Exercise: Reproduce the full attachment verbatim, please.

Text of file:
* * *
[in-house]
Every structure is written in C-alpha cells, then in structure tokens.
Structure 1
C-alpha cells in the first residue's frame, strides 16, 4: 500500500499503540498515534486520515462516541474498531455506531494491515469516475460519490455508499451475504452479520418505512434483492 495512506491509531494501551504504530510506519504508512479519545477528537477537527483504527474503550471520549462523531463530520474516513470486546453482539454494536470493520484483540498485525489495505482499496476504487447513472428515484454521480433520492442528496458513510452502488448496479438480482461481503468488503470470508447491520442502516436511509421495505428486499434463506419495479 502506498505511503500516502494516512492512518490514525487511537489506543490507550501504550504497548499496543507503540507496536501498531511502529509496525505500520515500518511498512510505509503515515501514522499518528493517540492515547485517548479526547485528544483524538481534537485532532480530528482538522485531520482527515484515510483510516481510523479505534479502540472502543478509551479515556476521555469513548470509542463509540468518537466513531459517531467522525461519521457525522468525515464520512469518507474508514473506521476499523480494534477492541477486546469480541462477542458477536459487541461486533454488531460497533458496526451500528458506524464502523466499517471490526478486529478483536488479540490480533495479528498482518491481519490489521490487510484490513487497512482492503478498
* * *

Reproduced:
[in-house]
Every structure is written in C-alpha cells, then in structure tokens.
Structure 1
C-alpha cells in the first residue's frame, strides 16, 4: 500500500499503540498515534486520515462516541474498531455506531494491515469516475460519490455508499451475504452479520418505512434483492 495512506491509531494501551504504530510506519504508512479519545477528537477537527483504527474503550471520549462523531463530520474516513470486546453482539454494536470493520484483540498485525489495505482499496476504487447513472428515484454521480433520492442528496458513510452502488448496479438480482461481503468488503470470508447491520442502516436511509421495505428486499434463506419495479 502506498505511503500516502494516512492512518490514525487511537489506543490507550501504550504497548499496543507503540507496536501498531511502529509496525505500520515500518511498512510505509503515515501514522499518528493517540492515547485517548479526547485528544483524538481534537485532532480530528482538522485531520482527515484515510483510516481510523479505534479502540472502543478509551479515556476521555469513548470509542463509540468518537466513531459517531467522525461519521457525522468525515464520512469518507474508514473506521476499523480494534477492541477486546469480541462477542458477536459487541461486533454488531460497533458496526451500528458506524464502523466499517471490526478486529478483536488479540490480533495479528498482518491481519490489521490487510484490513487497512482492503478498